I can love “Dizzy Dizzy” and “Come Sta, La Luna” enough to worship them, but Can does end up losing me with “Splash.” That's a jazz-fusion jam that does something I hadn't heard Can do for awhile: it's aimless and emotionless. It *is*, however, much louder than the other songs, and I do like that weird keyboard they throw in. But that was a bit of a disappointment considering the rest of these songs.
“Chain Reaction” is a return to the sheer creativity. The star of that show is the drums, which are a cross between tribal beats and computer-calculated algorithms. That's another song where Can somehow manages to work their magic. I can't think of that many 11-minute songs that I enjoy sitting through actively listening to it. Can puts everyone to shame... “Quantum Physics” is the fifth and final song here, and it's by far the album's most spaced-out creation. I can imagine fans, even, being divided about that one. On one hand, it's not very eventful, and they don't quite work up those textures like we know they can. On the other hand, I listen to it and I get caught up in its outer space adventure...
Yes, this is a pretty dang good album, and it's usually mentioned in the same breath as Future Days among Can fans. Nonetheless, this was a step down for them... Some say that was due to the departure of Suzuki, but I have a sneaking suspicion that Suzuki had nothing to do with it. If I just came up with a string of albums like Can did in the early '70s, I might not even be functional much less coming up with something as interesting as Soon Over Babaluma. It's not their best album, but if you liked their others, you'll most likely love Soon Over Babaluma so much that you can eat it.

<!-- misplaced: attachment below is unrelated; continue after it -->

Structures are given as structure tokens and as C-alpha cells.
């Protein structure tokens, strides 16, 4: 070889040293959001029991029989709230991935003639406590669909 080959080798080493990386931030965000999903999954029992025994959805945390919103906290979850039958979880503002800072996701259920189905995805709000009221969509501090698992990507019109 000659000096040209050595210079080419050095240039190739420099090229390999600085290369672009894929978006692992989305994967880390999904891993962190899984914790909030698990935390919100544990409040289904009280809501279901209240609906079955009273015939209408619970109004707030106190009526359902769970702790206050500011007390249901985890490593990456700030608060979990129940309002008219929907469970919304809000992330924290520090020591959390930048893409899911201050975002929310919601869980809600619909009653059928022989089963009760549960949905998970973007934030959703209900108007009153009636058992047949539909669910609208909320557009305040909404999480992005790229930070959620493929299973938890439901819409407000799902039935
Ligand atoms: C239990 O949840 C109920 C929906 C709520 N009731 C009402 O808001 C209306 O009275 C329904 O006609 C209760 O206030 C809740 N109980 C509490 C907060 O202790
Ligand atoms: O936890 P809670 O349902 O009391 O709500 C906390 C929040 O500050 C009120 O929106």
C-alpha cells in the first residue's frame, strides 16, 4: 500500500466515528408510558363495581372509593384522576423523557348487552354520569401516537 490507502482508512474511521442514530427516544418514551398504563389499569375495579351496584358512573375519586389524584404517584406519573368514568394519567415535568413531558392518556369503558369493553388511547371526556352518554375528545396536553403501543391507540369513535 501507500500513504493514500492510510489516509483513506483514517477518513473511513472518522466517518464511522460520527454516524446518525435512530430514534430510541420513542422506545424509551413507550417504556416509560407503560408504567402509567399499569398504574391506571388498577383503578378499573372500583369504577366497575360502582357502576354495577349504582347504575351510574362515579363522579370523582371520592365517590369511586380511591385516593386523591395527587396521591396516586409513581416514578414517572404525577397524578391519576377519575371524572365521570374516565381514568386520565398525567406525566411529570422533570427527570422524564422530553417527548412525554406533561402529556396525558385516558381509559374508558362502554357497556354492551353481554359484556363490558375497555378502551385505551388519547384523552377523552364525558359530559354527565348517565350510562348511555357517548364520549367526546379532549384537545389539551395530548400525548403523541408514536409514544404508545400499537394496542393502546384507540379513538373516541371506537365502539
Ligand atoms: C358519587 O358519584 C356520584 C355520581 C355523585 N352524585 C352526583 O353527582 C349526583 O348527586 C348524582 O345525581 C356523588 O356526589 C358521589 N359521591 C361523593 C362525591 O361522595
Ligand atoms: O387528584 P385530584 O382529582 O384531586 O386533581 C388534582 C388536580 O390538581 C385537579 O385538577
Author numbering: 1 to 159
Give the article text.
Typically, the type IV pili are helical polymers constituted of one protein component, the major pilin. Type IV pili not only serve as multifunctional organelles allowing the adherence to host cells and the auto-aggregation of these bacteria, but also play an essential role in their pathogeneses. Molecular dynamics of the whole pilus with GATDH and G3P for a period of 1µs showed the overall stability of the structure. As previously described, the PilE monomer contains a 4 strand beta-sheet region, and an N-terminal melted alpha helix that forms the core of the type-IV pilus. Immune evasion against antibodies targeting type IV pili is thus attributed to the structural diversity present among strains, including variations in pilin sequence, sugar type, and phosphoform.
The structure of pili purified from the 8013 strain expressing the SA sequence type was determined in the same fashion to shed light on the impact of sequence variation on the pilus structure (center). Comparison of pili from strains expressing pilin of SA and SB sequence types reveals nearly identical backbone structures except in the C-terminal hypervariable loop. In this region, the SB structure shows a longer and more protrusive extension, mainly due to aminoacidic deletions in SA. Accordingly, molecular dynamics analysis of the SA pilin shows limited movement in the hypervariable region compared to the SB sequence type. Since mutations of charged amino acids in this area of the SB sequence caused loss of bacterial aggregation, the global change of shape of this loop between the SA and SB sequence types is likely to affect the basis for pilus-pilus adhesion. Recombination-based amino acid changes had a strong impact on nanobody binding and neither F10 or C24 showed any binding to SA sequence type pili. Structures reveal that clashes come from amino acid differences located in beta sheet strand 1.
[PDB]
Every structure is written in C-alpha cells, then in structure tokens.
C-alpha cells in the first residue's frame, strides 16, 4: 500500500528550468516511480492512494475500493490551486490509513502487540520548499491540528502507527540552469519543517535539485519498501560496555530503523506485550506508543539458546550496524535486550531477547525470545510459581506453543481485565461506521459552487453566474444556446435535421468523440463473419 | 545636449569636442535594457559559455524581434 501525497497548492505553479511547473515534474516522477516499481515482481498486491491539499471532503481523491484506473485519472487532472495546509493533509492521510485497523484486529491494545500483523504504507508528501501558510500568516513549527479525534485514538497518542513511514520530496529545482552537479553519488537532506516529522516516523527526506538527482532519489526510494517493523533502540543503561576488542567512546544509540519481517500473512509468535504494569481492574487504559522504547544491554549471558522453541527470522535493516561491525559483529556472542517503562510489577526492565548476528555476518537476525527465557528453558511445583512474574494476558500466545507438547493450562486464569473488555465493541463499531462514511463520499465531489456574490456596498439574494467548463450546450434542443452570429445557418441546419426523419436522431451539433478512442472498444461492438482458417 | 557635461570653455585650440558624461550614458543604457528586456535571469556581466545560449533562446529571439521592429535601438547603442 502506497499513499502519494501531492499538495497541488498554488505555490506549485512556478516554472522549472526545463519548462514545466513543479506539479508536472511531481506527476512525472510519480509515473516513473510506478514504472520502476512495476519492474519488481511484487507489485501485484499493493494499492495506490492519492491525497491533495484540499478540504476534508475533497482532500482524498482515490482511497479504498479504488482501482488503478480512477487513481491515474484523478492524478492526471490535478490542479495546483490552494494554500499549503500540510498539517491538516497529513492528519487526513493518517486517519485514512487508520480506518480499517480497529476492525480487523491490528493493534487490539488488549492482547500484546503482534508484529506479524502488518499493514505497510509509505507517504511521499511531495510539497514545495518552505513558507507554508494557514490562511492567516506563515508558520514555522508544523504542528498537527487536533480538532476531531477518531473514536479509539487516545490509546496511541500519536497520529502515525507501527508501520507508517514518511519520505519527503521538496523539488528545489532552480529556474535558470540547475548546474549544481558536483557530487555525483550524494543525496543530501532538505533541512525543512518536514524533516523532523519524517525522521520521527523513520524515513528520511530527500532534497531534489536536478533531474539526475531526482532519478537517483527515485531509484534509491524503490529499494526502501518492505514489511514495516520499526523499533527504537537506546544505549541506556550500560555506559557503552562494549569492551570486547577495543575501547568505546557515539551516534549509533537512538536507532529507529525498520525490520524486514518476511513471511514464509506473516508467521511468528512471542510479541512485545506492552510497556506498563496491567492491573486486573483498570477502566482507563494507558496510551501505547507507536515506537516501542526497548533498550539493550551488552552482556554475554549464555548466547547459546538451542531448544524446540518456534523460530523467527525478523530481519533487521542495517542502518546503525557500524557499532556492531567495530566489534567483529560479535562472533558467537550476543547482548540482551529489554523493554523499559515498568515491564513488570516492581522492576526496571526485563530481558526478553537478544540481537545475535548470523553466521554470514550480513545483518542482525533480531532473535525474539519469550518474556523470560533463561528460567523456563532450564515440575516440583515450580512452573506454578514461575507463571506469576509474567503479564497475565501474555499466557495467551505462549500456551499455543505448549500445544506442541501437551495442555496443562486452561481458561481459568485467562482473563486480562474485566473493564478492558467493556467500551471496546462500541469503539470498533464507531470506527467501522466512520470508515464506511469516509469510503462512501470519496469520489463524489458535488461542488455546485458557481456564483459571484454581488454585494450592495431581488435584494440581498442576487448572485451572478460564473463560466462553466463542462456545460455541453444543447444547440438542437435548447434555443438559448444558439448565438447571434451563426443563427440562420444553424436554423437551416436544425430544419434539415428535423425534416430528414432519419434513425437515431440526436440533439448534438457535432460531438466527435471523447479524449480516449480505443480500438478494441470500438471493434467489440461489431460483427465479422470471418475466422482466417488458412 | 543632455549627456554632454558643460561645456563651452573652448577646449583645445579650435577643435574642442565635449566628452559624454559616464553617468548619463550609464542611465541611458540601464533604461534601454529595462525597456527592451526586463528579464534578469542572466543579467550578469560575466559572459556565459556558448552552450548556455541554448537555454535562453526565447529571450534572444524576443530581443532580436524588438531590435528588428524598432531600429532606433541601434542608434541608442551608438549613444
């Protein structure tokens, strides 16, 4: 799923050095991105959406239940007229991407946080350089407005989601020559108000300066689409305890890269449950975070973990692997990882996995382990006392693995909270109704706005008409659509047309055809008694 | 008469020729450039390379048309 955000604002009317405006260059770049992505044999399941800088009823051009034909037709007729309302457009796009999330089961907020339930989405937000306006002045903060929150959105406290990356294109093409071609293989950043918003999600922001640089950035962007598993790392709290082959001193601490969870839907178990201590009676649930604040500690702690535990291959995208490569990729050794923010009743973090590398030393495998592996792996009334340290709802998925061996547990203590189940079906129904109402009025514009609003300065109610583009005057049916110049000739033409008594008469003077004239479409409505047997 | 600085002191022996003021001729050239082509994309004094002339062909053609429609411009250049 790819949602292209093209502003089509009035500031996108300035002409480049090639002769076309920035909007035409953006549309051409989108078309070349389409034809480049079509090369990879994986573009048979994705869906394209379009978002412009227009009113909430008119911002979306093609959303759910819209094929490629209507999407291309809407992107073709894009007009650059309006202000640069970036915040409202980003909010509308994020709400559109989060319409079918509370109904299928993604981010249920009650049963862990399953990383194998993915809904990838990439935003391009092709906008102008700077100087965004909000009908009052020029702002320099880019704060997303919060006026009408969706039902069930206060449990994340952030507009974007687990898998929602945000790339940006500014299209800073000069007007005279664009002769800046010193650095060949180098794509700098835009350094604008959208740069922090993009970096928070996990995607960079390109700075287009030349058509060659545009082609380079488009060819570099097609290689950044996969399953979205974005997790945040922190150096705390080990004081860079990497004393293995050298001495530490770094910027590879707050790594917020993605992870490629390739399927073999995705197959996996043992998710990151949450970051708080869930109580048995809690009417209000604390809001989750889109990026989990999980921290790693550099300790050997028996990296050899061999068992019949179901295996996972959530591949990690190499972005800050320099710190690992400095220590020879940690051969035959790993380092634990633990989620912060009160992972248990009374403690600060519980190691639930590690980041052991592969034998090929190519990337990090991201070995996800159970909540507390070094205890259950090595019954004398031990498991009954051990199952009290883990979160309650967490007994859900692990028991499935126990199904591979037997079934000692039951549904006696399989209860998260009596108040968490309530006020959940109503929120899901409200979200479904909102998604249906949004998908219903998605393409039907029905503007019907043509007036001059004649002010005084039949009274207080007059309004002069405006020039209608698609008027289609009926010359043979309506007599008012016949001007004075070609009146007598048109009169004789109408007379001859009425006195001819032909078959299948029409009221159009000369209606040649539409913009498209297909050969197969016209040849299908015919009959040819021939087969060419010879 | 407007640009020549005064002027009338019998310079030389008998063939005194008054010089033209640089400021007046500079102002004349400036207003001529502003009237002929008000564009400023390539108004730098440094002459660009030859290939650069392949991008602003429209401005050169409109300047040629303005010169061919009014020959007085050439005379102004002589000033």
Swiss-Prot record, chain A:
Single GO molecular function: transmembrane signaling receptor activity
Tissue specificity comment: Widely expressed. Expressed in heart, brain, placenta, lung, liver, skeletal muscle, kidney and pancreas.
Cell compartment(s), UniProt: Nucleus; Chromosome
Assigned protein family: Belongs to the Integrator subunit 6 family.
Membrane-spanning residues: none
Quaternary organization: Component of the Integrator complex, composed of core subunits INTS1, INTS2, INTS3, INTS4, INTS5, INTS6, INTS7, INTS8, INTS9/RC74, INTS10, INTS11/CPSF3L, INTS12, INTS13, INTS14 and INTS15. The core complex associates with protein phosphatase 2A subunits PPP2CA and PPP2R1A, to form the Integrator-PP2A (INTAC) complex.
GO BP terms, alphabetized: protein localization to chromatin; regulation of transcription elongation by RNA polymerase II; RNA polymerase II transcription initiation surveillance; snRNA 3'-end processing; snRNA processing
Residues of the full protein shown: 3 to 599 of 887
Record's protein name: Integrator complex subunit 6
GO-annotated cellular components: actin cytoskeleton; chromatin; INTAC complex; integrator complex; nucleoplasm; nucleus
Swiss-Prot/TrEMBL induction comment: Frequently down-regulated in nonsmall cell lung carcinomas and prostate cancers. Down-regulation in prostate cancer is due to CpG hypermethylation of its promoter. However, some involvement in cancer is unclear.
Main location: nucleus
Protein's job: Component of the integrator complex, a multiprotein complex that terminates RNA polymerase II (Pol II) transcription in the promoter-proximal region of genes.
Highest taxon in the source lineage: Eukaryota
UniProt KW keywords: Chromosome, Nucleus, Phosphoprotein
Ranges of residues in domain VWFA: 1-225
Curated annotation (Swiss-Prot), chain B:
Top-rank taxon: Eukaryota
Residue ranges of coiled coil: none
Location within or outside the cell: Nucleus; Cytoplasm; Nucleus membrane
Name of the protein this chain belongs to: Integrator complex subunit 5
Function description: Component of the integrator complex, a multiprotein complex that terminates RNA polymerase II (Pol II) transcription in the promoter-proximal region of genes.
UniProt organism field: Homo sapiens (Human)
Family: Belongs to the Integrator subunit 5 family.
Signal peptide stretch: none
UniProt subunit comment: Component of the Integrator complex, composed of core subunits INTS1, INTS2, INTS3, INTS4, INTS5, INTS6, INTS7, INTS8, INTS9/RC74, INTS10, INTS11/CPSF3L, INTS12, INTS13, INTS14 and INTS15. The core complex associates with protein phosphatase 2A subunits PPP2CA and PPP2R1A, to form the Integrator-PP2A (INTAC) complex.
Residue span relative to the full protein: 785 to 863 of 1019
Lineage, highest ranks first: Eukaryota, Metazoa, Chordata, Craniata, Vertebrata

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Album Score: 11
It's certainly understandable that many Can fans have felt a little betrayed by this release, since they're no longer pioneering new styles. In a big way, Landed marks the moment when they were starting to finally ground themselves. Well, listening to this album, they still had a long ways to go. This isn't a Barry Manilow album or anything! However, some of these songs begin approach something like pop. But you know, that fact doesn't bother me. Can obviously had run out of revolutionary ideas (you know, nobody can come out with endless stings of revolutionary albums), and they decided to steer toward something that perhaps average people would have a better chance of enjoying. If nothing else, an album like Landed would inspire first-time Can listeners to perhaps delve into something as deeply interesting and inspiring as Tago Mago and Future Days, which they might not know what to make of at first listen.